senate Bill S48

2009-2010 Legislative Session

Provides that parent or guardian shall give notice to school district wherein child resides of intent to send child to charter school

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Archive: Last Bill Status - In Committee


  • Introduced
  • In Committee
  • On Floor Calendar
    • Passed Senate
    • Passed Assembly
  • Delivered to Governor
  • Signed/Vetoed by Governor

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Actions

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Assembly Actions - Lowercase
Senate Actions - UPPERCASE
Jan 06, 2010 referred to education
Jan 07, 2009 referred to education

S48 - Bill Details

Current Committee:
Senate Education
Law Section:
Education Law

S48 - Bill Texts

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BILL NUMBER: S48

TITLE OF BILL :

An act to amend the education law, in relation to notice to school
districts regarding intent to attend a charter school


PURPOSE :

To provide notification to a school district when a parent or guardian
intends to send a child to a charter school, in order for the school
district to create an accurate budget.

SUMMARY OF PROVISIONS :

This bill would amend subdivision 2 of ยง2854 of the education law to
provide that a parent or guardian shall give notice to school
districts wherein child resides of intent to send child to charter
school and also provide notice to nonpublic school if a child intends
not to attend a nonpublic school.

EXISTING LAW :

The Education Law currently allows for similar school district
notification by parents with regard to transportation of children
attending nonpublic school.

JUSTIFICATION :

With the advent of charter schools it is imperative that the public
school district be notified of a child's intended departure in a
timely manner, giving sufficient time for the school to adjust its
budget.

For example, in 2001 in a city school district in New York State, the
school district gave approximately eight thousand dollars ($8000), out
of its established budget, to the local charter school for each child
who chose to go to the charter school. The school district created its
2001 budget believing that not all the classrooms would be filled in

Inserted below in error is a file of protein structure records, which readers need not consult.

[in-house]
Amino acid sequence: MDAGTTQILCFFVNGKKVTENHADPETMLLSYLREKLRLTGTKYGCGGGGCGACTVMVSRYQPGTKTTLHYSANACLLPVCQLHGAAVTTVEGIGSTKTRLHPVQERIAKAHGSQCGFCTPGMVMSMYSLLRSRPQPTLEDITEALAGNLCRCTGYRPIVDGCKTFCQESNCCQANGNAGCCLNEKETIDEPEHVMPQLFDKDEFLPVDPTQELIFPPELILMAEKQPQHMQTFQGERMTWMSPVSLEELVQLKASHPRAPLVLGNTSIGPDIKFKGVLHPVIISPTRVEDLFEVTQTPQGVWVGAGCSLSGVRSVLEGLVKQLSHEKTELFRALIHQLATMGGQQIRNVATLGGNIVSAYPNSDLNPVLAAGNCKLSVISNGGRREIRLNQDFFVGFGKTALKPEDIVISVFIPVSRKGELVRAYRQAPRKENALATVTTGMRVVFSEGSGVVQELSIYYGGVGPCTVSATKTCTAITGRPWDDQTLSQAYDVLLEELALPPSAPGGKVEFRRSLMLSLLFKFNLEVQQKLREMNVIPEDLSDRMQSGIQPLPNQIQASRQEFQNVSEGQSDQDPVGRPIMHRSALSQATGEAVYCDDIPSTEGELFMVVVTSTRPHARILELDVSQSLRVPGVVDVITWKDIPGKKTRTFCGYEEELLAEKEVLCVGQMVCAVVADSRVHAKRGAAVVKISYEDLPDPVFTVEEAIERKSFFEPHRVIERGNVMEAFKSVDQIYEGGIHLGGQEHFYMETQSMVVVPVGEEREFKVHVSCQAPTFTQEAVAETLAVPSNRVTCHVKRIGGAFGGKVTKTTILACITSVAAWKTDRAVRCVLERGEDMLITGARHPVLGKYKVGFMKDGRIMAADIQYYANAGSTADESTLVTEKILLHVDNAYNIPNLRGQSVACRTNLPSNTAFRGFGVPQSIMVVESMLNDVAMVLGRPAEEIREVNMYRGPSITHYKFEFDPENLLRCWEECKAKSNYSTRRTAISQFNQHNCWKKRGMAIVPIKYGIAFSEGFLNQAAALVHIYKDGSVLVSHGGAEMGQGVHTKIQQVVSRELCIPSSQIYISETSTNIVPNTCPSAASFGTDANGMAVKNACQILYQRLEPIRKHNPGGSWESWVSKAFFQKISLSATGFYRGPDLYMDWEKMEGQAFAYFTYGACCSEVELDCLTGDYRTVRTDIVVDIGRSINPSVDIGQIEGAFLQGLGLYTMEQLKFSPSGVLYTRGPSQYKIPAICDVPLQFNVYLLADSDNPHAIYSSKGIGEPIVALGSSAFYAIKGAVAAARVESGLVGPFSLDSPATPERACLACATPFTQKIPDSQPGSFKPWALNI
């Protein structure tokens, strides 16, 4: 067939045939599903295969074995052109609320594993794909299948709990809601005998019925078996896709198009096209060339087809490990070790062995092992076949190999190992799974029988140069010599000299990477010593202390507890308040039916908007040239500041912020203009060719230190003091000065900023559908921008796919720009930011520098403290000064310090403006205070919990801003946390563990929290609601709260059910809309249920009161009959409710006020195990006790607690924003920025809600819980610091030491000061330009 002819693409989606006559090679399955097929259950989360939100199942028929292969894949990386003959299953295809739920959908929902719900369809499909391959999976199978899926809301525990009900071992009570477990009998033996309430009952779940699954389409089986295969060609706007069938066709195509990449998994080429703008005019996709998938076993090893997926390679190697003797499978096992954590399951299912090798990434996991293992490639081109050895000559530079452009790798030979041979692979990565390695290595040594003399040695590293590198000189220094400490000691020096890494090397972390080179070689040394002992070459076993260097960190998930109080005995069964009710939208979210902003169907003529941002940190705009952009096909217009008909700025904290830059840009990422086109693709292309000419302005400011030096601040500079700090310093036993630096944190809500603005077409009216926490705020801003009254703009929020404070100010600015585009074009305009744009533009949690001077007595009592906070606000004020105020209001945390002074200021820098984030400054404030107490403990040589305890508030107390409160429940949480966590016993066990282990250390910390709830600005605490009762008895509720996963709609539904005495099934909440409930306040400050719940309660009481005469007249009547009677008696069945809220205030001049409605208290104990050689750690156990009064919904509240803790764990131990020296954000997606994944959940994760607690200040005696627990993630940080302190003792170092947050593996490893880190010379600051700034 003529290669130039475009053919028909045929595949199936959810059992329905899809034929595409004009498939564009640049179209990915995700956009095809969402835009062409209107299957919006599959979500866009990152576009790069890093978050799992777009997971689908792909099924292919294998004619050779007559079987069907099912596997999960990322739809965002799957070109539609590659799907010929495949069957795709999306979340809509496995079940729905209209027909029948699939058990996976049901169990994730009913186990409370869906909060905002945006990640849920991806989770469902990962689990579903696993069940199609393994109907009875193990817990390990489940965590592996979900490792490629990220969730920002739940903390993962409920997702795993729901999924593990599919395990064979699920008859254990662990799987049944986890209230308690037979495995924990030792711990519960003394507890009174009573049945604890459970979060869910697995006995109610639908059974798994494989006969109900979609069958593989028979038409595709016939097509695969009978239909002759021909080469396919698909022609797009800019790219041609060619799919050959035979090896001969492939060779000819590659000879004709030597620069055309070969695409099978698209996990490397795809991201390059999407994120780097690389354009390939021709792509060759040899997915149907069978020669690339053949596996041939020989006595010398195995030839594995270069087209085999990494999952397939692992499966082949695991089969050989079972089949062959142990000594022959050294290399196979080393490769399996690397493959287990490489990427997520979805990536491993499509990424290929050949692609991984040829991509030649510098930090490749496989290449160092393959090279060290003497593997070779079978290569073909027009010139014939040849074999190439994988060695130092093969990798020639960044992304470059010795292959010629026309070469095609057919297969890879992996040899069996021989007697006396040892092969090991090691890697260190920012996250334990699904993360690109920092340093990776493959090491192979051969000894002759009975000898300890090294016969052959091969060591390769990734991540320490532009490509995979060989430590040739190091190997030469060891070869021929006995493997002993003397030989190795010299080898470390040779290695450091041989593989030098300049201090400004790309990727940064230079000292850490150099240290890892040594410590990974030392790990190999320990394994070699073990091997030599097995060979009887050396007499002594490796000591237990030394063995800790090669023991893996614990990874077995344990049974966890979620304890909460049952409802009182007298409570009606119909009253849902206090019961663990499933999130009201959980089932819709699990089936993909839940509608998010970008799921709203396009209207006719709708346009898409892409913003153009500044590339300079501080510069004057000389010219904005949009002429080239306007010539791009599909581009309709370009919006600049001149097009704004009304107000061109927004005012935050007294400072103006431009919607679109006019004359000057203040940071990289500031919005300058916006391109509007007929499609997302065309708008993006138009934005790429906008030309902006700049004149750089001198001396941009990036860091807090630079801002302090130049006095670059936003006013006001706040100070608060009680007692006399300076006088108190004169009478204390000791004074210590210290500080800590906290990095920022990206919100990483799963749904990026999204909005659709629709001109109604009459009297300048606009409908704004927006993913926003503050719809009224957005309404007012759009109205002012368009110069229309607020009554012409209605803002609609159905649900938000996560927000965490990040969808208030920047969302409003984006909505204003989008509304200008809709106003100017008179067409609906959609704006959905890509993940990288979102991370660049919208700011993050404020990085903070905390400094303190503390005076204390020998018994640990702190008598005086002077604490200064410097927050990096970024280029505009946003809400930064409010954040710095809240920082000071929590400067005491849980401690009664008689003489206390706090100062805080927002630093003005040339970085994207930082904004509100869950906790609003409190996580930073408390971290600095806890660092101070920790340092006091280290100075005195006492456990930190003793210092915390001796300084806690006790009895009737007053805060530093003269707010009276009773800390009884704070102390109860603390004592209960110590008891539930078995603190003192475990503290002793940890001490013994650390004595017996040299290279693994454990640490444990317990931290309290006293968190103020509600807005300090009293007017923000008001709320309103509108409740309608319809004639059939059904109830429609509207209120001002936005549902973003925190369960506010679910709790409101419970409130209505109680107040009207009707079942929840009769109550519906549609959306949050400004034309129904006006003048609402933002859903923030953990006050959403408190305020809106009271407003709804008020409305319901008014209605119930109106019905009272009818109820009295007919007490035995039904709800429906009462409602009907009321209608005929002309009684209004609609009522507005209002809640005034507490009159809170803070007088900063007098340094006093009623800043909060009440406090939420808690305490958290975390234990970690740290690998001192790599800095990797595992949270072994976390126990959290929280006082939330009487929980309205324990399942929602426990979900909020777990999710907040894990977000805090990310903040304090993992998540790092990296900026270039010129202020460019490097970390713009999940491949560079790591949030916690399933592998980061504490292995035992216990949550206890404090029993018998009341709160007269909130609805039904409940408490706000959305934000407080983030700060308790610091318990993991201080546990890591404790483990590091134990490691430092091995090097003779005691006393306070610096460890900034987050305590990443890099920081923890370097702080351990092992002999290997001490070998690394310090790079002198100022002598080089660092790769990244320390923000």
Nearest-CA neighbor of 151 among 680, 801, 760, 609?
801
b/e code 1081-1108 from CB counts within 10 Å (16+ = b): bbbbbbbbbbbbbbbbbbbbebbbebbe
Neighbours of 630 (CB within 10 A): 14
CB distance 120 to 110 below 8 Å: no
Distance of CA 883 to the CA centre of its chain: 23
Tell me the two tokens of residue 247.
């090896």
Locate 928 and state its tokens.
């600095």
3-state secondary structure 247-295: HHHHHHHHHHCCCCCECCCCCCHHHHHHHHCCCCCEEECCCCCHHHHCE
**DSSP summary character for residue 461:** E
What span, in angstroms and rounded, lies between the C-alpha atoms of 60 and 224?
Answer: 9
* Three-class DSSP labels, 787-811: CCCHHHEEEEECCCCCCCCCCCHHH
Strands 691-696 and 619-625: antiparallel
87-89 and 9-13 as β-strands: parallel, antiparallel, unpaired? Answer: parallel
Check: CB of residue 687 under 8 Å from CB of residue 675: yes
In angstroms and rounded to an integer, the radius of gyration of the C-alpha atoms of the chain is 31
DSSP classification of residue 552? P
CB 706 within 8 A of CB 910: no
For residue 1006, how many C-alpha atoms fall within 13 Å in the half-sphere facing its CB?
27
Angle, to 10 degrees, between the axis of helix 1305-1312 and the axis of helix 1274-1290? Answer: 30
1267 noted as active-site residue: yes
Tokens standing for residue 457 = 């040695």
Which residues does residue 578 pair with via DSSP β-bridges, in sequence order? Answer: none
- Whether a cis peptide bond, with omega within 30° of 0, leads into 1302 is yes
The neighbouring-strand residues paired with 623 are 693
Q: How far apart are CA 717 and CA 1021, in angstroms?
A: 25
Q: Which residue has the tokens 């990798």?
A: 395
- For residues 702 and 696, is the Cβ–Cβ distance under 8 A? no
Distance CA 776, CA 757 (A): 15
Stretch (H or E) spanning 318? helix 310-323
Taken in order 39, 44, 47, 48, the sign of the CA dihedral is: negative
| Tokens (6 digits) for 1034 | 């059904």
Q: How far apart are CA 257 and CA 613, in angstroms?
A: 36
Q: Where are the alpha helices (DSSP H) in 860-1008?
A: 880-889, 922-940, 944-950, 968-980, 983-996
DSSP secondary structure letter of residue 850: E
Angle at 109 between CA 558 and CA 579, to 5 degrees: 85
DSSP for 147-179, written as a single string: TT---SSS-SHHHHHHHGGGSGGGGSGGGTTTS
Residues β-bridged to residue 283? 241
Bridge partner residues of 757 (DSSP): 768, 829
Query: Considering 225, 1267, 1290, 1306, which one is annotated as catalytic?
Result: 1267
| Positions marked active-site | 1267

the then forthcoming charter school. Regrettably, when the charter
school opened filled to capacity, the city school district had a
revenue shortfall of nearly 1.2 million dollars. Had the parents or
guardians of the children notified the school district of their
upcoming charter school enrollment, this would have been avoided.

In April 2001, there were 23 charter schools operating in New York
State, with approximately 6000 students enrolled. However, as of
January 2002 that number nearly doubled, to 41 charter schools. The
average expenditure per student in New York State is nine thousand.one
hundred ninety-two dollars ($9192). When this figure is multiplied by
the ever increasing number of students enrolled in charter schools,
the financial loss to the public school becomes a greater burden on
the public school. The popularity of this type of educational
alternative is rapidly growing; therefore, it is important that this
issue be addressed in a way that is fair and equitable to public
schools and to taxpayers.

The National Education Association asserts that the American public
has consistently supported educational funding. However, the school
districts need to have up to date information in order to present an
accurate budget for the public to vote on.

LEGISLATIVE HISTORY :
2007-2008 Advanced to Third reading (S.1549-a/A.2423-a).
2005-2006 Passed Senate (S.786/ A.4475).
2003-2004 Education Committee (S.4580/A.6438).
2002 Education Committee (S.6188/A.10609).

FISCAL IMPLICATIONS :

None.

EFFECTIVE DATE :
Immediately.
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